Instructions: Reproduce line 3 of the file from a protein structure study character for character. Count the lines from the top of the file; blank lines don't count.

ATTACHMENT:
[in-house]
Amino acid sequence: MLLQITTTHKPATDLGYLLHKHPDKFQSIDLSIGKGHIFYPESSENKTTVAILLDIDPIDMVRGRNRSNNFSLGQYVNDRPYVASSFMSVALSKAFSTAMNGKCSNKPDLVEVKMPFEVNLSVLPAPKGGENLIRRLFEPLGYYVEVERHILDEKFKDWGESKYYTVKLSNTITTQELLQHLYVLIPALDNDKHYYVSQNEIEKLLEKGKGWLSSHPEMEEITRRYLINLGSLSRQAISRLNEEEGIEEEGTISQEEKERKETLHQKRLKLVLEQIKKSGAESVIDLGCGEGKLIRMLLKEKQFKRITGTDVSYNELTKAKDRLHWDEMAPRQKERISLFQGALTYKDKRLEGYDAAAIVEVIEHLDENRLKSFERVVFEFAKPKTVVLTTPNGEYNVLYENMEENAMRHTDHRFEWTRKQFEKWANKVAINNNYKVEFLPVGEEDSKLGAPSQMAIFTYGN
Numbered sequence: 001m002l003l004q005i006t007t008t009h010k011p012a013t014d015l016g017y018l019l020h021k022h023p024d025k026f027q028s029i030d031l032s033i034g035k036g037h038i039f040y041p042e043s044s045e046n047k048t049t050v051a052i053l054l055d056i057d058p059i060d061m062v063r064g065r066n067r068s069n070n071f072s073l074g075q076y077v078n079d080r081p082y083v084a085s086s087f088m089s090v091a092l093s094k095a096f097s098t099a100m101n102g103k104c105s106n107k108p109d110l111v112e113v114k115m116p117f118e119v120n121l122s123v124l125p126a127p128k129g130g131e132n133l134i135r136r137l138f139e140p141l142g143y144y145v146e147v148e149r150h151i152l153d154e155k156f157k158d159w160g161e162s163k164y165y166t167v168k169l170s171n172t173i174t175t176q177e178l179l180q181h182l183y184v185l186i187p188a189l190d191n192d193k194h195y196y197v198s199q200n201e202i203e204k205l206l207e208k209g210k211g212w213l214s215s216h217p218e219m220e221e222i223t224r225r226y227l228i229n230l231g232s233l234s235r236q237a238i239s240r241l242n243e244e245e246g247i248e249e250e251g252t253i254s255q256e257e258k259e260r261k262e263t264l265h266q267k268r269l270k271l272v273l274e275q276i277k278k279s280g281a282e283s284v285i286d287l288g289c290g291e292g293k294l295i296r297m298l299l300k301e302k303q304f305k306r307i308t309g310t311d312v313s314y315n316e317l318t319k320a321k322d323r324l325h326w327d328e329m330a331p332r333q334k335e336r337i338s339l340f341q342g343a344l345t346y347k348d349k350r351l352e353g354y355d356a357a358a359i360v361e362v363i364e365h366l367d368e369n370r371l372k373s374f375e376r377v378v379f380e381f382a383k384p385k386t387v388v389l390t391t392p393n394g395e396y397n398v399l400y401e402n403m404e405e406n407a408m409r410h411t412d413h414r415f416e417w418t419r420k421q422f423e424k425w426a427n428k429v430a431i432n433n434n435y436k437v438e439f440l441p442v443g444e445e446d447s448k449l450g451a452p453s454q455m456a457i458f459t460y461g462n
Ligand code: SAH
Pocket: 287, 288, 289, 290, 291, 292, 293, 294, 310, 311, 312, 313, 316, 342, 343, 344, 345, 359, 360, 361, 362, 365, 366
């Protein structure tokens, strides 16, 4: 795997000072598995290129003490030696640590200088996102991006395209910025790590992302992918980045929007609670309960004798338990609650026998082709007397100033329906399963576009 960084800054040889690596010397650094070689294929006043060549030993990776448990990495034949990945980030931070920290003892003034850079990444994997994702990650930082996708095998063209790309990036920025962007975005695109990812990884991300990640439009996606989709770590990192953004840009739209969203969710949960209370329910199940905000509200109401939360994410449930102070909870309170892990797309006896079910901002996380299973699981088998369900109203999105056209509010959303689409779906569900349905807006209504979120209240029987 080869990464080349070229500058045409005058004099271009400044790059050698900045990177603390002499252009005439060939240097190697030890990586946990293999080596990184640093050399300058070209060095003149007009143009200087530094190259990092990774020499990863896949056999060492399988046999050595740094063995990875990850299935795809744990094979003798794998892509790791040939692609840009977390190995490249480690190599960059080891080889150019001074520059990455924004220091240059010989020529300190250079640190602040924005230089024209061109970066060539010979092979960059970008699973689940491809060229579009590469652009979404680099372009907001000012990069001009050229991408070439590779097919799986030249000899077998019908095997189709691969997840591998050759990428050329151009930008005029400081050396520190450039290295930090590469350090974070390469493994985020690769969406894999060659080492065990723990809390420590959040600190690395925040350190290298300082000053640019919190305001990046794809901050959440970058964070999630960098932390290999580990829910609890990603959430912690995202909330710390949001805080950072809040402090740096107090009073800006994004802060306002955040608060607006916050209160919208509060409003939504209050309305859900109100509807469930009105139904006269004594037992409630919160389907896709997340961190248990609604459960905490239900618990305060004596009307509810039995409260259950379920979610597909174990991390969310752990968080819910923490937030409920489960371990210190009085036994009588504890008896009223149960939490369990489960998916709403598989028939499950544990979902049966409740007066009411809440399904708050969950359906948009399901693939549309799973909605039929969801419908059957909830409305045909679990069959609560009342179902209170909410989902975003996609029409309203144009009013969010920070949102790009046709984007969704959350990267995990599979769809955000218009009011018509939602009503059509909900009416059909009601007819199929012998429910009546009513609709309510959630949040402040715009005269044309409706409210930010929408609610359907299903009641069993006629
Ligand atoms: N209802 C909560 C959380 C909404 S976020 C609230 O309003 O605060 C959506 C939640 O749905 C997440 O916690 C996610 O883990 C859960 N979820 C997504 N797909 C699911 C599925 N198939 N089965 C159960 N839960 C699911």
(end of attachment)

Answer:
Numbered sequence: 001m002l003l004q005i006t007t008t009h010k011p012a013t014d015l016g017y018l019l020h021k022h023p024d025k026f027q028s029i030d031l032s033i034g035k036g037h038i039f040y041p042e043s044s045e046n047k048t049t050v051a052i053l054l055d056i057d058p059i060d061m062v063r064g065r066n067r068s069n070n071f072s073l074g075q076y077v078n079d080r081p082y083v084a085s086s087f088m089s090v091a092l093s094k095a096f097s098t099a100m101n102g103k104c105s106n107k108p109d110l111v112e113v114k115m116p117f118e119v120n121l122s123v124l125p126a127p128k129g130g131e132n133l134i135r136r137l138f139e140p141l142g143y144y145v146e147v148e149r150h151i152l153d154e155k156f157k158d159w160g161e162s163k164y165y166t167v168k169l170s171n172t173i174t175t176q177e178l179l180q181h182l183y184v185l186i187p188a189l190d191n192d193k194h195y196y197v198s199q200n201e202i203e204k205l206l207e208k209g210k211g212w213l214s215s216h217p218e219m220e221e222i223t224r225r226y227l228i229n230l231g232s233l234s235r236q237a238i239s240r241l242n243e244e245e246g247i248e249e250e251g252t253i254s255q256e257e258k259e260r261k262e263t264l265h266q267k268r269l270k271l272v273l274e275q276i277k278k279s280g281a282e283s284v285i286d287l288g289c290g291e292g293k294l295i296r297m298l299l300k301e302k303q304f305k306r307i308t309g310t311d312v313s314y315n316e317l318t319k320a321k322d323r324l325h326w327d328e329m330a331p332r333q334k335e336r337i338s339l340f341q342g343a344l345t346y347k348d349k350r351l352e353g354y355d356a357a358a359i360v361e362v363i364e365h366l367d368e369n370r371l372k373s374f375e376r377v378v379f380e381f382a383k384p385k386t387v388v389l390t391t392p393n394g395e396y397n398v399l400y401e402n403m404e405e406n407a408m409r410h411t412d413h414r415f416e417w418t419r420k421q422f423e424k425w426a427n428k429v430a431i432n433n434n435y436k437v438e439f440l441p442v443g444e445e446d447s448k449l450g451a452p453s454q455m456a457i458f459t460y461g462n